White sands, small islands, turquoise waters and endlessly blue skies: yes, that exactly how you would expect a paradise on Earth, also known as French Polynesia.
Part of the French republic, it is composed of 118 geographically dispersed islands and atolls stretching over an expanse of more than 2,000 kilometres in the South Pacific Ocean.
As you can imagine, life over there is quite relaxed, everything is slower paced and generally you don’t get stressed a lot. It seems easy right? And it is: the only drawback is the price, more than what you can imagine!
Being this touristic place, the economy is based on 1) tourists and 2) fishes/coconut agricoltures.
Pro tip: if you are flying from New Zealand to Tahiti, you will live the same day twice. The time difference is from +12 UTC to -12 UTC summing up to the same hour but 24h before.
So, we landed in Tahiti and we decided to stay a bit down the road, outside central Papeete, preferring a quiet beach over the more touristic stuff. Got into this lodge which is perfect for relaxing – Marama Lodge (around 100$ per night) – but you will definitely need a car, or a bike, because you will be far away from basically everything. Our host Marama was incredibly helpful though: he even let us use his paddle board and his snorkeling gears. And the view from their beach..
Pro tip: bring a pair of wet shoes, corals are not forgiving any mistake. And by the way – Polynesia is also home of this ultra poisonous fish.
But Tahiti wasn’t our only stop. We decided to experience THE Polynesia, the one you usually see everywhere – this one:
Look epic ah? And also as expensive as it may seem, or maybe not.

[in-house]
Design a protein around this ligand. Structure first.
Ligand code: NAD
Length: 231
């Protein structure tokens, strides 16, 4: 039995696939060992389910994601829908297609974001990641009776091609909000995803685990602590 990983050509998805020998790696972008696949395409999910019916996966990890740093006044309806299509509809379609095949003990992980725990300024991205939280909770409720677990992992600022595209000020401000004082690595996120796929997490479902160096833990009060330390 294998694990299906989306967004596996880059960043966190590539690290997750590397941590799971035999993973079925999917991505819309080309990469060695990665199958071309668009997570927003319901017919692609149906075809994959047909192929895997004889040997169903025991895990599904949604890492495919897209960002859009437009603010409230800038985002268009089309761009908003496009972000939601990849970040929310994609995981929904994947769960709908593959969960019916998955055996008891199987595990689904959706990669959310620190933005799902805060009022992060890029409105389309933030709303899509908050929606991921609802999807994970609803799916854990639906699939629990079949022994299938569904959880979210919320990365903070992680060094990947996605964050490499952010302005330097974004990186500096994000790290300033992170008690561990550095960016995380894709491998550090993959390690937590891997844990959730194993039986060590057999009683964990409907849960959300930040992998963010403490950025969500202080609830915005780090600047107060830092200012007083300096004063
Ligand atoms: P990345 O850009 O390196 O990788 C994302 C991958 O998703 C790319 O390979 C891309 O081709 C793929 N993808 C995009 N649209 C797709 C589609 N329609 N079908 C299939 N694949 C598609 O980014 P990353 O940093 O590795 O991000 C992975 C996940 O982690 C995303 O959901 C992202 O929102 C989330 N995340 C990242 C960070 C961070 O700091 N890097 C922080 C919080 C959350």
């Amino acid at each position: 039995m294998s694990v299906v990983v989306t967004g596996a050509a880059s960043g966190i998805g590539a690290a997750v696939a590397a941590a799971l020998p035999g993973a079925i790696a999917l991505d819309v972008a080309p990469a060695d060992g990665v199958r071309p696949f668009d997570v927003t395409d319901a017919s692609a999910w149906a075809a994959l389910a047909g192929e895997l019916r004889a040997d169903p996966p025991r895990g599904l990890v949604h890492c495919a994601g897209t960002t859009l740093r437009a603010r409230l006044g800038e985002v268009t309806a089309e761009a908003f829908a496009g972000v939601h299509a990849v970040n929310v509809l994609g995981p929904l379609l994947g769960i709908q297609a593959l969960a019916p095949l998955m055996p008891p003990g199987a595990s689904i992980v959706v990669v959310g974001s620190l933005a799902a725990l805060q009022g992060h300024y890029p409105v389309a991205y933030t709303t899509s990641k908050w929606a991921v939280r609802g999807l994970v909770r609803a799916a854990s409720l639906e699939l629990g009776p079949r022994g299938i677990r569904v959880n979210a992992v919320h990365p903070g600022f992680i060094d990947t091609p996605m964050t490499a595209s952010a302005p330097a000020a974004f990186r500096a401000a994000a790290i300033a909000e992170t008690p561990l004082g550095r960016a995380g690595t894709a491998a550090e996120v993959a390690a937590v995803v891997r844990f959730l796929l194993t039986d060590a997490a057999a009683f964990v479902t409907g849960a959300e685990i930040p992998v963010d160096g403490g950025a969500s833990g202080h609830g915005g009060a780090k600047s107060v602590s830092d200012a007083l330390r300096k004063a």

Pro tip: these over-water resorts will start their price in the right end of 600 Euros per night (breakfast not included). Most of them are 5 stars in Bora Bora, Taha’a and Moorea, but, if you want to spend less, search a bit more in not conventional islands.
Indeed, the usual price was a bit too much for us.
So we did our homeworks and we searched in a lot more (way less touristic) islands and we found Huahine, a wild, local and not too tourist biased island: they call it the wild cousin of Bora Bora.
And there it was – this 3 stars resort called Royal Huahine – with overwater bungalows for less than half of the usual price. We managed to stay there, with direct access to the waters and corals + some good kayaking for 4 nights.
Yep, that’s us. We were doing our sunset aperitifs everyday like this:
Not bad ah? Definitely recommended.
Pro tip: the breakfast is really expensive – we managed to get our own breakfast from the only shop of the island and we did it in-house every morning. I mean, with that view, why would you even exit the room.
We did exit though, to discover a bit more the island.
Underwater with Mahana Dive
And overwater/around with Huahine Nautique
Most epic thing? Swimming with these guys – blacktip sharks!
And when I was droning a bit – that was even more than just epic.
One more stop was still to be done before leaving these islands – Moorea. We took the ferry and then a random bus to get to a pension in the middle of nowhere, so much in the middle of nowhere that we had to hitchhike our way back to the ferry. I guess we should have planned this a bit better, but hey, this was still worth it!
Pro tip: when planning, take in account that everything in Polynesia moves slowly, plan accordingly. It was the first time in my life that I arrived to an airport (Huahine) 30 mins before the plane and we boarded 5 mins before departure. Take it easy, don’t stress like me.
Leaving French Polynesia was tough, really tough – slightly tanned and thinking that was the best ocean we could have ever seen in our life.
Oceans are life, they are beautiful and in need of protection. We wish these pics have helped you to understand a bit better why we are trying to save them.
Now, toward the Nevada/Arizona deserts -> US incoming!